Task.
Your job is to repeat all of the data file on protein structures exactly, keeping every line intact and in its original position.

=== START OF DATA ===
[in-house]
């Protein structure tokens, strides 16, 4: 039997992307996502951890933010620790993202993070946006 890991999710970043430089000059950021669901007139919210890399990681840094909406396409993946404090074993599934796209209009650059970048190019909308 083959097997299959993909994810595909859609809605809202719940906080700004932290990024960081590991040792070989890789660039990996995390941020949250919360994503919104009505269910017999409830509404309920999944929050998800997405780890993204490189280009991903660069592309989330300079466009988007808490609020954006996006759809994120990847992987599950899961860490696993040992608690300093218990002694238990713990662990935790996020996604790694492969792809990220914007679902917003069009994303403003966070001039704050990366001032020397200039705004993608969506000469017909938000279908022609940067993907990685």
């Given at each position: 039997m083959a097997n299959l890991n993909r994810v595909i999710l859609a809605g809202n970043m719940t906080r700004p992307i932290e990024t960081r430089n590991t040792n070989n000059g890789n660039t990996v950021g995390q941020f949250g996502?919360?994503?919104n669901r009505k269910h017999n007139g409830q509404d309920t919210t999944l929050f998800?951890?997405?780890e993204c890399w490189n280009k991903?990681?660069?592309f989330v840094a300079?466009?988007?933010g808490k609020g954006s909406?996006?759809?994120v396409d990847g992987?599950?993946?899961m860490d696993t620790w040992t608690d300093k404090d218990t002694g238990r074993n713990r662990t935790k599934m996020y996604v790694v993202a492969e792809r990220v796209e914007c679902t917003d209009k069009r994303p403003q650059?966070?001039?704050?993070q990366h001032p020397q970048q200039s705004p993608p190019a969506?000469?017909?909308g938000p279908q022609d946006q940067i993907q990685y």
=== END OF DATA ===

[in-house]
């Protein structure tokens, strides 16, 4: 039997992307996502951890933010620790993202993070946006 890991999710970043430089000059950021669901007139919210890399990681840094909406396409993946404090074993599934796209209009650059970048190019909308 083959097997299959993909994810595909859609809605809202719940906080700004932290990024960081590991040792070989890789660039990996995390941020949250919360994503919104009505269910017999409830509404309920999944929050998800997405780890993204490189280009991903660069592309989330300079466009988007808490609020954006996006759809994120990847992987599950899961860490696993040992608690300093218990002694238990713990662990935790996020996604790694492969792809990220914007679902917003069009994303403003966070001039704050990366001032020397200039705004993608969506000469017909938000279908022609940067993907990685």
């Given at each position: 039997m083959a097997n299959l890991n993909r994810v595909i999710l859609a809605g809202n970043m719940t906080r700004p992307i932290e990024t960081r430089n590991t040792n070989n000059g890789n660039t990996v950021g995390q941020f949250g996502?919360?994503?919104n669901r009505k269910h017999n007139g409830q509404d309920t919210t999944l929050f998800?951890?997405?780890e993204c890399w490189n280009k991903?990681?660069?592309f989330v840094a300079?466009?988007?933010g808490k609020g954006s909406?996006?759809?994120v396409d990847g992987?599950?993946?899961m860490d696993t620790w040992t608690d300093k404090d218990t002694g238990r074993n713990r662990t935790k599934m996020y996604v790694v993202a492969e792809r990220v796209e914007c679902t917003d209009k069009r994303p403003q650059?966070?001039?704050?993070q990366h001032p020397q970048q200039s705004p993608p190019a969506?000469?017909?909308g938000p279908q022609d946006q940067i993907q990685y």